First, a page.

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Methods Enzymol. 2013;531:3-19. doi: 10.1016/B978-0-12-407863-5.00001-0.

In-solution fluorescence in situ hybridization and fluorescence-activated cell sorting for single cell and population genome recovery.

Author information

1
Australian Centre for Ecogenomics, School of Chemistry and Molecular Biosciences, The University of Queensland, St. Lucia, Queensland, Australia.

Abstract

Over the past decade, technological advances in whole genome amplification, microfluidics, flow sorting, and high-throughput sequencing have led to the development of single-cell genomics. Single-cell genomic approaches are typically applied to anonymous microbial cells with only morphology providing clues to their identity. However, targeted separation of microorganisms based on phylogenetic markers, such as the 16S rRNA gene, is beginning to emerge in the single-cell genomics field. Here, we describe an in-solution fluorescence in situ hybridization (FISH) protocol which can be combined with fluorescence-activated cell sorting (FACS) for separation of single cells or populations of interest from environmental samples. Sequencing of DNA obtained from sorted cells can be used for the recovery of draft quality genomes, and when performed in parallel with deep metagenomics, can be used to validate and further scaffold metagenomic assemblies. We illustrate in this chapter the feasibility of this FISH-FACS approach by describing the targeted recovery of a novel anaerobic methanotrophic archaeon.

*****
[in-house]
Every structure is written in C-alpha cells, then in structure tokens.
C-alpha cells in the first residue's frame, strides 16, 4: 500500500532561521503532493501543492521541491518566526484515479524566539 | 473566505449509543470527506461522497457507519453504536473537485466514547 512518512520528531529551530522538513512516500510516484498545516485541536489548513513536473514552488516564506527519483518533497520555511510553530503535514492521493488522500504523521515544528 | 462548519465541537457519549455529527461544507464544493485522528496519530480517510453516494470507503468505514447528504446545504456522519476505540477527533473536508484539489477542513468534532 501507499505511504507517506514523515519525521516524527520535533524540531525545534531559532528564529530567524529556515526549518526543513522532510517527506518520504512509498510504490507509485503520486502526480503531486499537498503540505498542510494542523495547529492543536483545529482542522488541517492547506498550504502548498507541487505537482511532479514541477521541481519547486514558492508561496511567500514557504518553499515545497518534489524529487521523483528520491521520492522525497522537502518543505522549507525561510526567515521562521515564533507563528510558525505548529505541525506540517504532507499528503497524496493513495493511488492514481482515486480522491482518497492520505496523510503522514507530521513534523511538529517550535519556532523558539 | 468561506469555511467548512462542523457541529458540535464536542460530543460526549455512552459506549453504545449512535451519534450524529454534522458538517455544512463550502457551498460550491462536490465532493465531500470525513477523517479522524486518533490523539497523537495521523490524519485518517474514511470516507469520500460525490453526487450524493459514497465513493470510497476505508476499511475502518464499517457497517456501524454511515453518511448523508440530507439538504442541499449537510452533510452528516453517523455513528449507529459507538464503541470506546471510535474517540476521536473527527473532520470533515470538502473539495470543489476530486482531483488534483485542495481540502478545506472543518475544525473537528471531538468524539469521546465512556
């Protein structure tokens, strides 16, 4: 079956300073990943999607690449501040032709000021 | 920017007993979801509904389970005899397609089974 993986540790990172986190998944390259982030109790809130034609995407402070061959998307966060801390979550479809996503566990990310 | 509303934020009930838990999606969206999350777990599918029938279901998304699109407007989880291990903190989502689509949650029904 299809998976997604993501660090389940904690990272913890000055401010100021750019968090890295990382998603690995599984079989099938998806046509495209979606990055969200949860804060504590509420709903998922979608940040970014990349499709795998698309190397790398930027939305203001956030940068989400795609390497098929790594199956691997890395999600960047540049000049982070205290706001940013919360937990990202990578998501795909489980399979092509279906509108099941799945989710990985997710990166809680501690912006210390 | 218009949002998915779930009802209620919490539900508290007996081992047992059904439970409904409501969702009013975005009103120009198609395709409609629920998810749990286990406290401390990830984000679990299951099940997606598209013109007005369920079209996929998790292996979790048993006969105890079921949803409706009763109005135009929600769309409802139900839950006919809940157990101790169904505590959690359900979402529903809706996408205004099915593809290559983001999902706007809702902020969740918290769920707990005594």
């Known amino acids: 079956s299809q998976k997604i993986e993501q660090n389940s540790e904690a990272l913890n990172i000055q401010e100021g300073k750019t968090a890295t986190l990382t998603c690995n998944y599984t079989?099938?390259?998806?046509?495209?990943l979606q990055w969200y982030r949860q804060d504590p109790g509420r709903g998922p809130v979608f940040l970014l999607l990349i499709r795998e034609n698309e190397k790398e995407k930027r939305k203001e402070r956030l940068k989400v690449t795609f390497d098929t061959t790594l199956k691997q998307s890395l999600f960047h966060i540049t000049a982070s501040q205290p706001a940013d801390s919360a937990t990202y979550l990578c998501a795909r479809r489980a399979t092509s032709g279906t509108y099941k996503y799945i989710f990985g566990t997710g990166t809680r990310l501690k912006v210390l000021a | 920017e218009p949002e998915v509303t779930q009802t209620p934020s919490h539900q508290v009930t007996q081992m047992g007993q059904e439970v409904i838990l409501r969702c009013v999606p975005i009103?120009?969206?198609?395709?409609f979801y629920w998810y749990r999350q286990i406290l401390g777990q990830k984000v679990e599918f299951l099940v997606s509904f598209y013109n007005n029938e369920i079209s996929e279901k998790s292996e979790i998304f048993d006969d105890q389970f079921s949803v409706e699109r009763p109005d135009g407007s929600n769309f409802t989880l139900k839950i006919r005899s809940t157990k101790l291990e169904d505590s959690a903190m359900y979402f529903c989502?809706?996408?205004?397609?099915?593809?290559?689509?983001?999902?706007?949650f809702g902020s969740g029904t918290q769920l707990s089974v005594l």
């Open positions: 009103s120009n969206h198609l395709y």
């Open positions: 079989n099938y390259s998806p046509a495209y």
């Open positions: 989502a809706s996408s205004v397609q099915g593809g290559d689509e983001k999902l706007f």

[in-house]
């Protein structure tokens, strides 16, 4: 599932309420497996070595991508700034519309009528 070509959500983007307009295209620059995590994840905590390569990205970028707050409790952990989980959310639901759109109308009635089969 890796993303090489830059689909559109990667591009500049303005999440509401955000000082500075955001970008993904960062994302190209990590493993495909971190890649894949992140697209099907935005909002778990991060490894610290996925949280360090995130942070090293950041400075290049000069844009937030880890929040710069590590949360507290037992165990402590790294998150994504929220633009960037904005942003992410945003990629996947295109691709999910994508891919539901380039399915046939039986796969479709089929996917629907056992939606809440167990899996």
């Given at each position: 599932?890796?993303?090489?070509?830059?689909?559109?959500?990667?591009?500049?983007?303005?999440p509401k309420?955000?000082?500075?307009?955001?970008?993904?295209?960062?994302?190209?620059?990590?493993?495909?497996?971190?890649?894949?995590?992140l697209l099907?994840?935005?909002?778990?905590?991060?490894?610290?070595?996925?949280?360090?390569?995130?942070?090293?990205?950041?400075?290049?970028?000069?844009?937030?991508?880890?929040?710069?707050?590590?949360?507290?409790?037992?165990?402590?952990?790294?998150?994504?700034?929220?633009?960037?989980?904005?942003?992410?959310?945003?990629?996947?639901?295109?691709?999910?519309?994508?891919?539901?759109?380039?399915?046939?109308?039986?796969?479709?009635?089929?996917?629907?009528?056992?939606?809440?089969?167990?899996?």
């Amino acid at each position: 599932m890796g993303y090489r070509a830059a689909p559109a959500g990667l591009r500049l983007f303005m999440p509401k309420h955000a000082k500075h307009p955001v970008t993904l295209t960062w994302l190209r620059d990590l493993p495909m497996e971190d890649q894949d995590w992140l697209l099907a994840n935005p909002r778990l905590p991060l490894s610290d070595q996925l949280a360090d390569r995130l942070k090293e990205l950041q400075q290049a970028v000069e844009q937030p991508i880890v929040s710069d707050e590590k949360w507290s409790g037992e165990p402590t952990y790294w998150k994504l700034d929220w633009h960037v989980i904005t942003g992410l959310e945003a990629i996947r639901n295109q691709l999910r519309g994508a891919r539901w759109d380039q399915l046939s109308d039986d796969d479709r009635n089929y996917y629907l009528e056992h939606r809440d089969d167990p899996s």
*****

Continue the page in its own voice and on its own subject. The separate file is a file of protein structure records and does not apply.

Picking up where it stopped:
KEYWORDS:

Anaerobic methanotrophic archaea; Anaerobic oxidation of methane; FISH–FACS; Fixation-free FISH; Fluorescence in situ hybridization; Fluorescence-activated cell sorting; In-solution FISH; Metagenomics; Single-cell genomics; Single-population genomics

[Indexed for MEDLINE]

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